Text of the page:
Date: 22 Mar 1932
Lewis George Tomlin was found dead in a box.
He was a coach-body builder and mounter and was found in a chest in his workshop in Mickleover.
The doctor that carried out his post-mortem stated that there were no marks of violence beyond a slight bruise on his right hand. He said that his organs were all healthy other than his lungs which were congested. He said that he thought that death had taken place 46 to 48 hours before he was found and that death was due to asphyxia from being enclosed in a small air-tight box which did not allow sufficient fresh air for healthy breathing.
The doctor said that there was no evidence of poisoning or that he had had a seizure.
His sister said that on Thursday Lewis Tomlin went to sleep after reading and that when he woke up he was in an agitated state and had said, 'If I can't get off the panel I shall never get back on the Labour Exchange, and I shall never be employed again'. She said that he then went out and that there was no response when she called him for tea.
Lewis Tomlin had been out of regular work since May 1930 and in August his unemployment benefit was reduced to transitional benefit and it was heard that he had formed the opinion that it was a form of parish relief and that it had worried him.
It was also heard that he had been attended for a nervous breakdown and had had attacks of ague and that he was fearful of people seeing him in them and that he was apprehensive of there being visitors to the house for Easter.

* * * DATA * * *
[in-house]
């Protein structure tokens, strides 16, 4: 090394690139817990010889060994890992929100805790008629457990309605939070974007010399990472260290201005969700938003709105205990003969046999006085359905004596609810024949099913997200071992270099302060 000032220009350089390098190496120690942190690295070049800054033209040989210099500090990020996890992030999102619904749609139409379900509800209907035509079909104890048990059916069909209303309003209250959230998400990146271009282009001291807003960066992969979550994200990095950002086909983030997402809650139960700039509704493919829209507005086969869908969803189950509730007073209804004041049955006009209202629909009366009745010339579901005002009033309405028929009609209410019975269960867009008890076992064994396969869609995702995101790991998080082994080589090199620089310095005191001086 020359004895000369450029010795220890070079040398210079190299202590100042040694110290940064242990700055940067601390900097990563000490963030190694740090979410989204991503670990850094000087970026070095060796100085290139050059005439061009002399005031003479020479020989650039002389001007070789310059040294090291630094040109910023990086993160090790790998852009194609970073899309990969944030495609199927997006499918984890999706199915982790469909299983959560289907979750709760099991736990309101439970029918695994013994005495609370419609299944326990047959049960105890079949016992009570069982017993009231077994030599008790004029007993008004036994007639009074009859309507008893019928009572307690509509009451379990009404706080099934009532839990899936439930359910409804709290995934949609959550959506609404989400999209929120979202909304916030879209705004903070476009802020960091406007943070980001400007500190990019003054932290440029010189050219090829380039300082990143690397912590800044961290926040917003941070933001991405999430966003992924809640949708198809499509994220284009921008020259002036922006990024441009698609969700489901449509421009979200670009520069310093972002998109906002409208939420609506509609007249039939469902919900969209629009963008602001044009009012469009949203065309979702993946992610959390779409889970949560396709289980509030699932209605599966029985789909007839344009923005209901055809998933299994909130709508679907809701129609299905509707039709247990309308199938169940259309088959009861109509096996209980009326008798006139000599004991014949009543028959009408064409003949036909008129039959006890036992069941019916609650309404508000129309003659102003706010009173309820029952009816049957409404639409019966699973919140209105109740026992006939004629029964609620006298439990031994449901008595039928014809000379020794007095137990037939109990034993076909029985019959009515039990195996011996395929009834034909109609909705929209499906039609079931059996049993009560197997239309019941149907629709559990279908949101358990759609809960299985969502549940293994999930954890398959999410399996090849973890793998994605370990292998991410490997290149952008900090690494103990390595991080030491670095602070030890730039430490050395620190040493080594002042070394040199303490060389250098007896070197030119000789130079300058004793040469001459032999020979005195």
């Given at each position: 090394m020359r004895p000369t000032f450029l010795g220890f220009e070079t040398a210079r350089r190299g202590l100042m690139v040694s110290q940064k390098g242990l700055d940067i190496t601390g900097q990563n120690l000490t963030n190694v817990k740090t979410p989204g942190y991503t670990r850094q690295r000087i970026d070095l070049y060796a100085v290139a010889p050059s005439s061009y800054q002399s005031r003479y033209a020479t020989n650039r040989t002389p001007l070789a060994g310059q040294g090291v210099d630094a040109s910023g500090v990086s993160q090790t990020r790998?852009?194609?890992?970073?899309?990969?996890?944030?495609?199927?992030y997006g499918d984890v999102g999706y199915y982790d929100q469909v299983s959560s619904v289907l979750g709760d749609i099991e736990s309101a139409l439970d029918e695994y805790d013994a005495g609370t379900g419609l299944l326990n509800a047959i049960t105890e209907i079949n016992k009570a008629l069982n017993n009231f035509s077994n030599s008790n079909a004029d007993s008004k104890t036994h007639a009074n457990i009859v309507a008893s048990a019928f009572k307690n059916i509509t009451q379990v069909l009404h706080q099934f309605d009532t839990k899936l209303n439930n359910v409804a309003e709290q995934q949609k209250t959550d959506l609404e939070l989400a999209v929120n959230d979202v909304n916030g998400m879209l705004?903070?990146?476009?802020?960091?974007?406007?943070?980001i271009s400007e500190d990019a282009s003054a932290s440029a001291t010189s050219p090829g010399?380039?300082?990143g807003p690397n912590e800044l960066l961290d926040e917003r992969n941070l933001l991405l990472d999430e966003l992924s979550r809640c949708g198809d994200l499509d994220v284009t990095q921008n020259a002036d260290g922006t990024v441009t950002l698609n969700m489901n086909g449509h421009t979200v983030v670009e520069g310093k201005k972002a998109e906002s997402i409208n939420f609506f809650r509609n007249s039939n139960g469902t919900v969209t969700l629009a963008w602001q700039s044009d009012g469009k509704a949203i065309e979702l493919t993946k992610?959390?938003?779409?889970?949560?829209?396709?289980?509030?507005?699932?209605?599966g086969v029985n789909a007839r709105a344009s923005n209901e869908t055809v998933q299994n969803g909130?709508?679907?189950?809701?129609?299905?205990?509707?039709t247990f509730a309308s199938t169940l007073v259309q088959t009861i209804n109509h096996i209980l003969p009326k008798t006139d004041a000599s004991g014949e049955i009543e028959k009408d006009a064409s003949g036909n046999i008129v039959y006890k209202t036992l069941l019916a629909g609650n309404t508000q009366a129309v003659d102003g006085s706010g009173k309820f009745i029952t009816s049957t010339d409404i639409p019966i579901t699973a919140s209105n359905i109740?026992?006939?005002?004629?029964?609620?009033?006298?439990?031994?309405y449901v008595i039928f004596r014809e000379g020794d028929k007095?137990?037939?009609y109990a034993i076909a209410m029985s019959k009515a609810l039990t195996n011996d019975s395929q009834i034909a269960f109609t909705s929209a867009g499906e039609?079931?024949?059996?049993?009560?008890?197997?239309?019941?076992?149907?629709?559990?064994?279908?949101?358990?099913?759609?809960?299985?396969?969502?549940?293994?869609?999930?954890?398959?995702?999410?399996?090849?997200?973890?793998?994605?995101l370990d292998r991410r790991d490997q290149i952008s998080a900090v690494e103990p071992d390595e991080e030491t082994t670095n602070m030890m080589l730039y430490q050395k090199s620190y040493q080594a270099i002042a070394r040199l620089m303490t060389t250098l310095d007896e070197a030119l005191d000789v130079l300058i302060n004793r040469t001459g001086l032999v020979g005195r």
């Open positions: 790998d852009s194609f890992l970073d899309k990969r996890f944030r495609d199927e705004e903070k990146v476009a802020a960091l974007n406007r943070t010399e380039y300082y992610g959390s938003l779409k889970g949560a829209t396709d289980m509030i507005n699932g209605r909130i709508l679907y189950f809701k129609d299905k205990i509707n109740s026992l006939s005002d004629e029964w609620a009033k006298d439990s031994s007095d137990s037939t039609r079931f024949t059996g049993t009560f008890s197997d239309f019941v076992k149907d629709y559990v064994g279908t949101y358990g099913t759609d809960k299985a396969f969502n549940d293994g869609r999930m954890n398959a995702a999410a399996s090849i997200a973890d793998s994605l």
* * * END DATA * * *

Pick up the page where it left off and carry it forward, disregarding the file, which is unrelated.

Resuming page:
His sister said that she had not noticed until Friday morning that some of his tools had been removed from the box.
It was heard that his brother had searched the district for Lewis Tomlin and that the day after he had gone missing he had suggested opening the box in the workshop but that his sister had replied 'That's silliness. He could not possibly be in there'. She had also added that it contained his tools and private papers and that Lewis Tomlin had always kept the key. However, in her absence, the brother and another brother forced the spring lock on the box and found Lewis Tomlin dead inside in a sitting position with his knees being drawn up.
The Coroner said that in the circumstances, the brothers should have insisted upon the box being opened sooner.
The chest was 24 inches in length, 19 inches in width and 24 inches in depth and was brought into the court for display.
The Coroner returned an open verdict and said that how he had got into the chest would probably remain a mystery.
He added that it was regretted that members of his family did not make an earlier search of it, notwithstanding the improbability of their brother being in it.
see Hartlepool Northern Daily Mail - Tuesday 22 March 1932
see Nottingham Evening Post - Tuesday 22 March 1932